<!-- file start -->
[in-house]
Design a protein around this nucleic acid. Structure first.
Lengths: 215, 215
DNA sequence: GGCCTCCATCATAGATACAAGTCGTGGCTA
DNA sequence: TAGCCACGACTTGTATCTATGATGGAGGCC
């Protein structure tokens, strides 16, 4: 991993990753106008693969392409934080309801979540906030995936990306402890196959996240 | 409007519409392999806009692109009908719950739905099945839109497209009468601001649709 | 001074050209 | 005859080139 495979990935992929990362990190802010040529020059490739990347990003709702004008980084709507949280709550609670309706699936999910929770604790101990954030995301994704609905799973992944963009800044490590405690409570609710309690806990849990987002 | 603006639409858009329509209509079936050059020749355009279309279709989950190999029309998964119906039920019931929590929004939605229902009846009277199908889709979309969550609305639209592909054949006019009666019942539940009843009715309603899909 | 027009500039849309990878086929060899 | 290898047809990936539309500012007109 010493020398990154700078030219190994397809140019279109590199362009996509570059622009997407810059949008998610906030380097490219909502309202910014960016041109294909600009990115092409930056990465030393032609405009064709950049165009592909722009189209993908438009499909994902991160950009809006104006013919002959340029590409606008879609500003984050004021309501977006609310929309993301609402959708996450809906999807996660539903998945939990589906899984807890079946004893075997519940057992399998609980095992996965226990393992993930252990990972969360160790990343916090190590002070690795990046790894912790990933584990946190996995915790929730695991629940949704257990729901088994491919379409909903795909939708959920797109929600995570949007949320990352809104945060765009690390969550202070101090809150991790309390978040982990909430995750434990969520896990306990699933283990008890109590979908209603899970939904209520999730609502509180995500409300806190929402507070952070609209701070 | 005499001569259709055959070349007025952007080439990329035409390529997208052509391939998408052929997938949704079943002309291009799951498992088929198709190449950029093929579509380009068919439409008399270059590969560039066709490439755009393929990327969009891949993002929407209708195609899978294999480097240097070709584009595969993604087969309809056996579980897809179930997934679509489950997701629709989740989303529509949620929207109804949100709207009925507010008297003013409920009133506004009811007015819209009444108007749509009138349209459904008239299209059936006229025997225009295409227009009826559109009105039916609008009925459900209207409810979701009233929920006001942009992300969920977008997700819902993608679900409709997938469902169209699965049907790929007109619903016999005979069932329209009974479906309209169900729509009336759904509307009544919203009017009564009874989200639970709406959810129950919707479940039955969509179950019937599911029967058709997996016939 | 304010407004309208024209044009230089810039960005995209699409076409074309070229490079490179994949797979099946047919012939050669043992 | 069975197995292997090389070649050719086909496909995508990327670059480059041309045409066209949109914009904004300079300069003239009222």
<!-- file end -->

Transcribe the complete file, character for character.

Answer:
[in-house]
Design a protein around this nucleic acid. Structure first.
Lengths: 215, 215
DNA sequence: GGCCTCCATCATAGATACAAGTCGTGGCTA
DNA sequence: TAGCCACGACTTGTATCTATGATGGAGGCC
């Protein structure tokens, strides 16, 4: 991993990753106008693969392409934080309801979540906030995936990306402890196959996240 | 409007519409392999806009692109009908719950739905099945839109497209009468601001649709 | 001074050209 | 005859080139 495979990935992929990362990190802010040529020059490739990347990003709702004008980084709507949280709550609670309706699936999910929770604790101990954030995301994704609905799973992944963009800044490590405690409570609710309690806990849990987002 | 603006639409858009329509209509079936050059020749355009279309279709989950190999029309998964119906039920019931929590929004939605229902009846009277199908889709979309969550609305639209592909054949006019009666019942539940009843009715309603899909 | 027009500039849309990878086929060899 | 290898047809990936539309500012007109 010493020398990154700078030219190994397809140019279109590199362009996509570059622009997407810059949008998610906030380097490219909502309202910014960016041109294909600009990115092409930056990465030393032609405009064709950049165009592909722009189209993908438009499909994902991160950009809006104006013919002959340029590409606008879609500003984050004021309501977006609310929309993301609402959708996450809906999807996660539903998945939990589906899984807890079946004893075997519940057992399998609980095992996965226990393992993930252990990972969360160790990343916090190590002070690795990046790894912790990933584990946190996995915790929730695991629940949704257990729901088994491919379409909903795909939708959920797109929600995570949007949320990352809104945060765009690390969550202070101090809150991790309390978040982990909430995750434990969520896990306990699933283990008890109590979908209603899970939904209520999730609502509180995500409300806190929402507070952070609209701070 | 005499001569259709055959070349007025952007080439990329035409390529997208052509391939998408052929997938949704079943002309291009799951498992088929198709190449950029093929579509380009068919439409008399270059590969560039066709490439755009393929990327969009891949993002929407209708195609899978294999480097240097070709584009595969993604087969309809056996579980897809179930997934679509489950997701629709989740989303529509949620929207109804949100709207009925507010008297003013409920009133506004009811007015819209009444108007749509009138349209459904008239299209059936006229025997225009295409227009009826559109009105039916609008009925459900209207409810979701009233929920006001942009992300969920977008997700819902993608679900409709997938469902169209699965049907790929007109619903016999005979069932329209009974479906309209169900729509009336759904509307009544919203009017009564009874989200639970709406959810129950919707479940039955969509179950019937599911029967058709997996016939 | 304010407004309208024209044009230089810039960005995209699409076409074309070229490079490179994949797979099946047919012939050669043992 | 069975197995292997090389070649050719086909496909995508990327670059480059041309045409066209949109914009904004300079300069003239009222």